The Family Upstairs by Lisa Jewell
Atria Books: 11/5/19
eBook review copy; 352 pages
The Family Upstairs by Lisa Jewell is a very highly recommended un-put-downable psychological thriller featuring a dysfunctional family.
Libby Jones was adopted as a baby at ten months old, and now, on her
twenty-fifth birthday she receives the letter she has been anticipating
for years. When she opens the letter she expects it will reveal the
identity of her birth parents. She was not expecting to inherit their
abandoned mansion on the banks of the Thames
in London’s fashionable Chelsea neighborhood, worth millions. She also
learns her parents died in a suicide pact with an unidentified man and
that she has an older brother and sister who were teenagers at that time
and who disappeared. Libby begins to research her background, not
realizing that there are other people who also have been waiting for her
to turn twenty-five.
The narrative alternates between the point-of-view of three different
characters, Libby, Lucy, and Henry. Libby and Lucy's chapters are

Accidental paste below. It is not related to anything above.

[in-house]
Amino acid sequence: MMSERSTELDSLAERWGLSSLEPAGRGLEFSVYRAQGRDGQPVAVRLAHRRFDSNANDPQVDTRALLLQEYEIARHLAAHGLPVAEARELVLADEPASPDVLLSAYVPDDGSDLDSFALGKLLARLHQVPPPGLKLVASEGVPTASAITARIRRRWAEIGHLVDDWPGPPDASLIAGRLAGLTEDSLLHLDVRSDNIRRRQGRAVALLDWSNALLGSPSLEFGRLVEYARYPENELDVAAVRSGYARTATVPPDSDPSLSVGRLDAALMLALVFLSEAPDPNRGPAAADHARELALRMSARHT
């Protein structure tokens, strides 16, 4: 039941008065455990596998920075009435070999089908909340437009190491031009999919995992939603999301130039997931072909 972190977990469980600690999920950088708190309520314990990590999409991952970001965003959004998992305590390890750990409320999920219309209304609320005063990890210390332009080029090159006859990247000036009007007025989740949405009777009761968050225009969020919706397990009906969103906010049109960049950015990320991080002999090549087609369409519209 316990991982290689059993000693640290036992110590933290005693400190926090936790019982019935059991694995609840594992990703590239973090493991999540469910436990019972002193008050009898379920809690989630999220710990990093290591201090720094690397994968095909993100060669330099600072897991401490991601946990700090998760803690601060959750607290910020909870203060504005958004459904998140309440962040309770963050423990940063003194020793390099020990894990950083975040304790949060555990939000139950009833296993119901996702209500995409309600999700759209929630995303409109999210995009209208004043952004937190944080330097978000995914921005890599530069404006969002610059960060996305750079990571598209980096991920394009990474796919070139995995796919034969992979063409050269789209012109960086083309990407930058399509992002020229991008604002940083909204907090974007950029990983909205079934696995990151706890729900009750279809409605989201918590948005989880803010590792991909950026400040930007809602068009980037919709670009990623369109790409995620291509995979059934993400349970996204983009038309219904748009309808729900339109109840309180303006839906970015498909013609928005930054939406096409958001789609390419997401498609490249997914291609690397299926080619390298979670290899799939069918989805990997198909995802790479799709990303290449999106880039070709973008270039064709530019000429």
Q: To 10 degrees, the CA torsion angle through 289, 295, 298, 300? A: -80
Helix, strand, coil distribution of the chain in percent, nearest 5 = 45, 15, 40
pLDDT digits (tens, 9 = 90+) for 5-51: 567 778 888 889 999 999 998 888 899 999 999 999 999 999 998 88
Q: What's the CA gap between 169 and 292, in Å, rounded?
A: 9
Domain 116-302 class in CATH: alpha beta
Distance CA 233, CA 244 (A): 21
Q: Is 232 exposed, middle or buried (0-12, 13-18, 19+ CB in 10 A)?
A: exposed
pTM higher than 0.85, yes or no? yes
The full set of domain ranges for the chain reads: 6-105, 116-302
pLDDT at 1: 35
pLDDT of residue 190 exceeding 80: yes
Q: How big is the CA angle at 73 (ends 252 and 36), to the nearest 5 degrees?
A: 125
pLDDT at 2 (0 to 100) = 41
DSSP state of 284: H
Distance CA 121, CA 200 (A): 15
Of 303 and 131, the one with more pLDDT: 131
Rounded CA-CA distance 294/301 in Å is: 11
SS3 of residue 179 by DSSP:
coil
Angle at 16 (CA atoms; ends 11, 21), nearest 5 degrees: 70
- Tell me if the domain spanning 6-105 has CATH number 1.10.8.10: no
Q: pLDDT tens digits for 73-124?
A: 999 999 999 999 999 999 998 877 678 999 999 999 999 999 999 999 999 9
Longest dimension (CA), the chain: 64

present day while Henry's tell the back story and document what happened
in the house when he was a child. Lucy has two children and is
currently struggling to get by in the south of France but wants to find a
way to get back to London. Libby has an average, normal life working
for a kitchen design company. Lucy has a vagabond lifestyle, homeless
when the novel opens. The alternating points-of-view works exceptionally
well in The Family Upstairs and I was invested in following all
three story lines, waiting for them to converge and create a complete
picture of what happened then to now.
The characters are all well-developed and definitely well-defined as
distinct individuals. Libby is the grounded point-of-view that most
readers are going to identify with as she researches her background and
tries to find out what happened to her birth family. Lisa and Henry both
present much edgier narratives - Lisa's based on her present day
circumstances and Henry's on the encroaching nightmare of their past.
As expected the writing is excellent, both technically and in creating drama in the well-paced plot. Jewell establishes incredible atmospheric tension in this sometimes dark, disturbing story and I
was glued to the pages for all three narrative threads. As I was
riveted to the pages and the story lines, I thought I had it all figured
out; then there was a twist that was so unexpected it took my breath
away. The Family Upstairs is truly an un-put-down-able psychological thriller.
My review copy was courtesy of Atria Books.
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